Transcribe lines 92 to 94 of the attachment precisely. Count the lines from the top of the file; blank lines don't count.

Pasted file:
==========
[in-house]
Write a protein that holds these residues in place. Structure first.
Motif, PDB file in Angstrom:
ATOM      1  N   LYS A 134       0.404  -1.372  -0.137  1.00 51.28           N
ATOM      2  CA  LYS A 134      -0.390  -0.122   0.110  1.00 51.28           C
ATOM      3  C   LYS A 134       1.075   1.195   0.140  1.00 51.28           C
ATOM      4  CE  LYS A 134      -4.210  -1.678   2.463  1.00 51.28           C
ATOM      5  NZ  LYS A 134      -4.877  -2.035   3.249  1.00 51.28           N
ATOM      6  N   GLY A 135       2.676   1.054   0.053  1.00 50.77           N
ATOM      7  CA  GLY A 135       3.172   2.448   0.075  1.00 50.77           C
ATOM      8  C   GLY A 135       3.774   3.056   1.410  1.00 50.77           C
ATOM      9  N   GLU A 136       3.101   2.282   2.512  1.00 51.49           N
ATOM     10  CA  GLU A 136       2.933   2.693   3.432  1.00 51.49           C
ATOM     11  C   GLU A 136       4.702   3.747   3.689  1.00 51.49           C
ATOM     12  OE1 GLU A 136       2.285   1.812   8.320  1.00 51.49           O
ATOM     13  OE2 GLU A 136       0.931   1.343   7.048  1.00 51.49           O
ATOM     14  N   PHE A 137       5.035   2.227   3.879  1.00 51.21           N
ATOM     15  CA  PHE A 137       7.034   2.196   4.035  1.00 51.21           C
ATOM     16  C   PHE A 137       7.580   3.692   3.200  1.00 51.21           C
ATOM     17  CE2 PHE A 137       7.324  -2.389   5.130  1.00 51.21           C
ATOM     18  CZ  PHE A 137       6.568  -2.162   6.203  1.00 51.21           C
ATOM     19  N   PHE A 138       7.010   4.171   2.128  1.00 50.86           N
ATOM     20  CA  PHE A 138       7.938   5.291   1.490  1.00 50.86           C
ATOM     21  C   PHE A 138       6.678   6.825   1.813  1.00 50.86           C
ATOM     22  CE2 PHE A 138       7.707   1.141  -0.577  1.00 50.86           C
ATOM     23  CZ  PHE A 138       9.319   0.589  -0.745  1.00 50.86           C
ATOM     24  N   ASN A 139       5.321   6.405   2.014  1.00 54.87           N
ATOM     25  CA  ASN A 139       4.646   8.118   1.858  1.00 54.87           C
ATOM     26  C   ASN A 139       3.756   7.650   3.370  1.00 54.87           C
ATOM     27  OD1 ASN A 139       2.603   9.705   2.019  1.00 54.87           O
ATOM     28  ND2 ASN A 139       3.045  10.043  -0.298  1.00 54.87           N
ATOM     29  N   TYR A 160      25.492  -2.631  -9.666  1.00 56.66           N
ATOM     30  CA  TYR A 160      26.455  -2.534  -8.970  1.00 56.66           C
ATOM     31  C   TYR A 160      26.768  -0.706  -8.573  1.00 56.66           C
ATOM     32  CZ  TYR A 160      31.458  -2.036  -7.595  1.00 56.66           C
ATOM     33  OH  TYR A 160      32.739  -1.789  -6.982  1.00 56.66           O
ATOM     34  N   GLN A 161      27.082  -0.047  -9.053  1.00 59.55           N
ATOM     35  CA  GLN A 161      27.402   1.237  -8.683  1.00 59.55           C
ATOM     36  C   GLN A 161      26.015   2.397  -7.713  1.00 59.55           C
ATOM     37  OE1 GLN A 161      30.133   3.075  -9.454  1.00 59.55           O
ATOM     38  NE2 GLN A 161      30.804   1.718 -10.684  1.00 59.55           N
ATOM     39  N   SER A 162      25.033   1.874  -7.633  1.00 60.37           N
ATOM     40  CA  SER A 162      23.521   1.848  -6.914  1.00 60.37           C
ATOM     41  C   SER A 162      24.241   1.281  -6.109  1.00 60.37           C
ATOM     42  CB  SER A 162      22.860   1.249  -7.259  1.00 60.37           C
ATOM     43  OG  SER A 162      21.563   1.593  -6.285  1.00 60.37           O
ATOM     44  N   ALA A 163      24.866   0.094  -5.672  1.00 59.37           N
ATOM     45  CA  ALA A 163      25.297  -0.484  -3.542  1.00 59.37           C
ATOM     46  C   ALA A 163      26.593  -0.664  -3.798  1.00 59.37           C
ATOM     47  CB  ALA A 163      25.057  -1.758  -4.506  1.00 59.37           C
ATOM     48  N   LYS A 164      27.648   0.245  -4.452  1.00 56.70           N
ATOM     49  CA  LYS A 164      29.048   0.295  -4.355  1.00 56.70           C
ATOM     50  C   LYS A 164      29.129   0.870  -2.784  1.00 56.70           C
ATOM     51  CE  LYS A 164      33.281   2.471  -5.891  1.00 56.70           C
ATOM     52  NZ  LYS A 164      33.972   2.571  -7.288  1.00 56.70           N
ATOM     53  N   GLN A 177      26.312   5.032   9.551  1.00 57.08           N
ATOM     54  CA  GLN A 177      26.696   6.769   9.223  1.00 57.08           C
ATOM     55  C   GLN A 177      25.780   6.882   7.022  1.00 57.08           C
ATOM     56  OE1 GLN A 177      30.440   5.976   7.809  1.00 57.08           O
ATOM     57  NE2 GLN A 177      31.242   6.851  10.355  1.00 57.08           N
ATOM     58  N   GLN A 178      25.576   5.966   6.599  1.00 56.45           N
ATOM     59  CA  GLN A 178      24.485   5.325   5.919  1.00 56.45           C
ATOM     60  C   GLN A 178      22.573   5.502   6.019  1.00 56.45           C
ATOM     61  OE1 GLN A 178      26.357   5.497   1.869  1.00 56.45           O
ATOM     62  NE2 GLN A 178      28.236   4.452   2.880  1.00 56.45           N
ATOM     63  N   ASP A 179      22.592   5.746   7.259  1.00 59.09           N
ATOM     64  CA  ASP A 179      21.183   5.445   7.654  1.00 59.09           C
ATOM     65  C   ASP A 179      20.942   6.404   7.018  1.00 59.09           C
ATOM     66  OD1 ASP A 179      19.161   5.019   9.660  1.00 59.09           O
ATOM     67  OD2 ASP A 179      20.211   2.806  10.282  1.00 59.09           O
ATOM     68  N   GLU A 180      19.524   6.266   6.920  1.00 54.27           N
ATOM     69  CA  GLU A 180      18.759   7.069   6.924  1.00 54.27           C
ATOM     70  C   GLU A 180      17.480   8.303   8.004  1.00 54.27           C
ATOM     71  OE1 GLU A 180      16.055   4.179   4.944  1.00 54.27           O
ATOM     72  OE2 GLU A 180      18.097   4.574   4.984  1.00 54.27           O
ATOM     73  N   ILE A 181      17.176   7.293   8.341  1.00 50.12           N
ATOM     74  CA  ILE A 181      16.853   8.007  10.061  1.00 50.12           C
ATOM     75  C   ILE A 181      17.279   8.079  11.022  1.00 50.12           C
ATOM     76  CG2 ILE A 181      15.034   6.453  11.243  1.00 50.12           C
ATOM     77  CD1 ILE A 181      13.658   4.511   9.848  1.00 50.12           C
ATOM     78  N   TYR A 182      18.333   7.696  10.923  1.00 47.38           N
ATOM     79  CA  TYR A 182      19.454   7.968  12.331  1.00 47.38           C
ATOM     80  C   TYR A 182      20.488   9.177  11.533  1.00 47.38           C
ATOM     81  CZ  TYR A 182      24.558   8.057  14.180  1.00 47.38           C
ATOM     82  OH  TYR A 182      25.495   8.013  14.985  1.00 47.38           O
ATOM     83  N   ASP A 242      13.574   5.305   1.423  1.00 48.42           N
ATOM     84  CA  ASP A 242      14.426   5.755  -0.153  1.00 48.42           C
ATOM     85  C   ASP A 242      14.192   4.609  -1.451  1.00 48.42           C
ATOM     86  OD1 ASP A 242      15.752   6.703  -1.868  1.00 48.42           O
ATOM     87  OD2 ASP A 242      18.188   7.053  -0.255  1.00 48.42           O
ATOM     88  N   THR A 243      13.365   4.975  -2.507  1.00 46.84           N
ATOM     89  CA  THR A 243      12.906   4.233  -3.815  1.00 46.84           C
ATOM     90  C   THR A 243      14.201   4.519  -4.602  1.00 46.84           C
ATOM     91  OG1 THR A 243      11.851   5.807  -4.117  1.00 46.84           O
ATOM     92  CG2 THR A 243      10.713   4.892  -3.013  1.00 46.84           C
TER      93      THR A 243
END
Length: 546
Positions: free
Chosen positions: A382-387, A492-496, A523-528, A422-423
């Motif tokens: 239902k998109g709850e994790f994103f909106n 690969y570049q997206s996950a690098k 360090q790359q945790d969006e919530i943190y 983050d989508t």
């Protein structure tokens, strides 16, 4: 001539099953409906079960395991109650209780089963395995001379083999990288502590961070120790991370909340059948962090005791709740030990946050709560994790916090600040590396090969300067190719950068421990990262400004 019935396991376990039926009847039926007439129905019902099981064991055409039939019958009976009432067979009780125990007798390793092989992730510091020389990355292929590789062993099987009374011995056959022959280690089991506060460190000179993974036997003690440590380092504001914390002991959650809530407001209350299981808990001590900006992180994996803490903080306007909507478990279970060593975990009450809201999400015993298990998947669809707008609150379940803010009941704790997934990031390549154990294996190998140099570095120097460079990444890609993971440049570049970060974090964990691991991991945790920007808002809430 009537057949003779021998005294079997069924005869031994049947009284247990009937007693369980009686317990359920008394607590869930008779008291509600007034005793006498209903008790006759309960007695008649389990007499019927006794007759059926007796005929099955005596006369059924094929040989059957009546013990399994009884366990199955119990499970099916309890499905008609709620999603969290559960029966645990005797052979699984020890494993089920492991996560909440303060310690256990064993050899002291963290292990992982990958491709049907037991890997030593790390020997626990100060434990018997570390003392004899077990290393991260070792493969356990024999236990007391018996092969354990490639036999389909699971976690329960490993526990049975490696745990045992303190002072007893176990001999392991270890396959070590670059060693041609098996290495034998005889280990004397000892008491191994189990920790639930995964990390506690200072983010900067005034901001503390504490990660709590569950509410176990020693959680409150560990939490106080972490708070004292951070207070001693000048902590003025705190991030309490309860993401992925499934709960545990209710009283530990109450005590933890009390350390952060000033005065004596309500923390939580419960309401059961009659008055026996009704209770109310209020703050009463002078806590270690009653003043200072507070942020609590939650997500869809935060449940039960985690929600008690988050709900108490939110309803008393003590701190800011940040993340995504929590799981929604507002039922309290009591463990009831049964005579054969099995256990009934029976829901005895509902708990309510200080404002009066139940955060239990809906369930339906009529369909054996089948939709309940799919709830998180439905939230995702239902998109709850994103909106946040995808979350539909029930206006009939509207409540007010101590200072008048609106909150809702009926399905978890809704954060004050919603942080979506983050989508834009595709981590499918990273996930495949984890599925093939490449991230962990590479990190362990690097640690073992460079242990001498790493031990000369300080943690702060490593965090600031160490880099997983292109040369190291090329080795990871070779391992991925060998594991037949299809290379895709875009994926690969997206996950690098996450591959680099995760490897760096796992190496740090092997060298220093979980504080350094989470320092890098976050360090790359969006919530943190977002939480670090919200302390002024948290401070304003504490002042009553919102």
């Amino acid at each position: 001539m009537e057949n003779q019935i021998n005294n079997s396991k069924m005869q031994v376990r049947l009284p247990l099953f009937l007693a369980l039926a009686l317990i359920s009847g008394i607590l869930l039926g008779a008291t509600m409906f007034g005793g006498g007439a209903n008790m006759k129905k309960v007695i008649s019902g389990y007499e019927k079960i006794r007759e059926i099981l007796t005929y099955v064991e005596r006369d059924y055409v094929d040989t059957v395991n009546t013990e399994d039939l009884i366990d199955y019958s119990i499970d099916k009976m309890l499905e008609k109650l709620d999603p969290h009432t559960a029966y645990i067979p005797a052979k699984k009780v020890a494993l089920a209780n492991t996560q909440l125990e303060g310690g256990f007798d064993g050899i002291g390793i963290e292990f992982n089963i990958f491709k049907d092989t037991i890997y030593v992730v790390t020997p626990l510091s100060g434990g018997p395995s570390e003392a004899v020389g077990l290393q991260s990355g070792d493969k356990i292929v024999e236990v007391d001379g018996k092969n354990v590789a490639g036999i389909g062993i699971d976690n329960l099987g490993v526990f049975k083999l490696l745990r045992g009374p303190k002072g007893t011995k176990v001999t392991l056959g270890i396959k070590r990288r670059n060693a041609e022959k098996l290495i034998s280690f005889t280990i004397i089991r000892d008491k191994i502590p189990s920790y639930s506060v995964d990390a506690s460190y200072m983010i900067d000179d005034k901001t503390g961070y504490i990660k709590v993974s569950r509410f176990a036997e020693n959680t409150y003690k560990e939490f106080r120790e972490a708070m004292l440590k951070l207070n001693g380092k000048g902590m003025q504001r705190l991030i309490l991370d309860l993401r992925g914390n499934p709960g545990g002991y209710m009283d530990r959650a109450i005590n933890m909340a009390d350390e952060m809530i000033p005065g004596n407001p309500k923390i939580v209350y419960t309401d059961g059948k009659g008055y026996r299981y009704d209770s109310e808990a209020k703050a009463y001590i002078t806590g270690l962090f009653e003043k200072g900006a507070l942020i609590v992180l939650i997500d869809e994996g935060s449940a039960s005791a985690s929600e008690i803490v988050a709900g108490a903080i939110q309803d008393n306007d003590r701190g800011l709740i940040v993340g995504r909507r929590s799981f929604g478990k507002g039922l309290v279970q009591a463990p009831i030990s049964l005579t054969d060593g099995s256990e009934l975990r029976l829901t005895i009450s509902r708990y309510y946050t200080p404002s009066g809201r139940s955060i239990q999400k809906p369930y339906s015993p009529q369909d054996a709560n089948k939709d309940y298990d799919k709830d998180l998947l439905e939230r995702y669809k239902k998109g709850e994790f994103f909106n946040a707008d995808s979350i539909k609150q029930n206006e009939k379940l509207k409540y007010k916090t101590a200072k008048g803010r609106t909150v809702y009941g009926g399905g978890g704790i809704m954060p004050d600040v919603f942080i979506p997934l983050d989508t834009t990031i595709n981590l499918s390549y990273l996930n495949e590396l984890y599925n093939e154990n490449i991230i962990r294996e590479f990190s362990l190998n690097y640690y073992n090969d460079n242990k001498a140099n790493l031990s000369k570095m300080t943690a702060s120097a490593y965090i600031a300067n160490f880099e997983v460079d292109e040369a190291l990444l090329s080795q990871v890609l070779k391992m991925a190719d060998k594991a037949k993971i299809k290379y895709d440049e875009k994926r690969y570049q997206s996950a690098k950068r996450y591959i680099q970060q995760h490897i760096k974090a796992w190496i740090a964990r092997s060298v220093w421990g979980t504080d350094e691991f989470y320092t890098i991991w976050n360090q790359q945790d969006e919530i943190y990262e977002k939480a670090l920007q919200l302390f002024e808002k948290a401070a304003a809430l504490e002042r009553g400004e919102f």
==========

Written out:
ATOM     89  CA  THR A 243      12.906   4.233  -3.815  1.00 46.84           C
ATOM     90  C   THR A 243      14.201   4.519  -4.602  1.00 46.84           C
ATOM     91  OG1 THR A 243      11.851   5.807  -4.117  1.00 46.84           O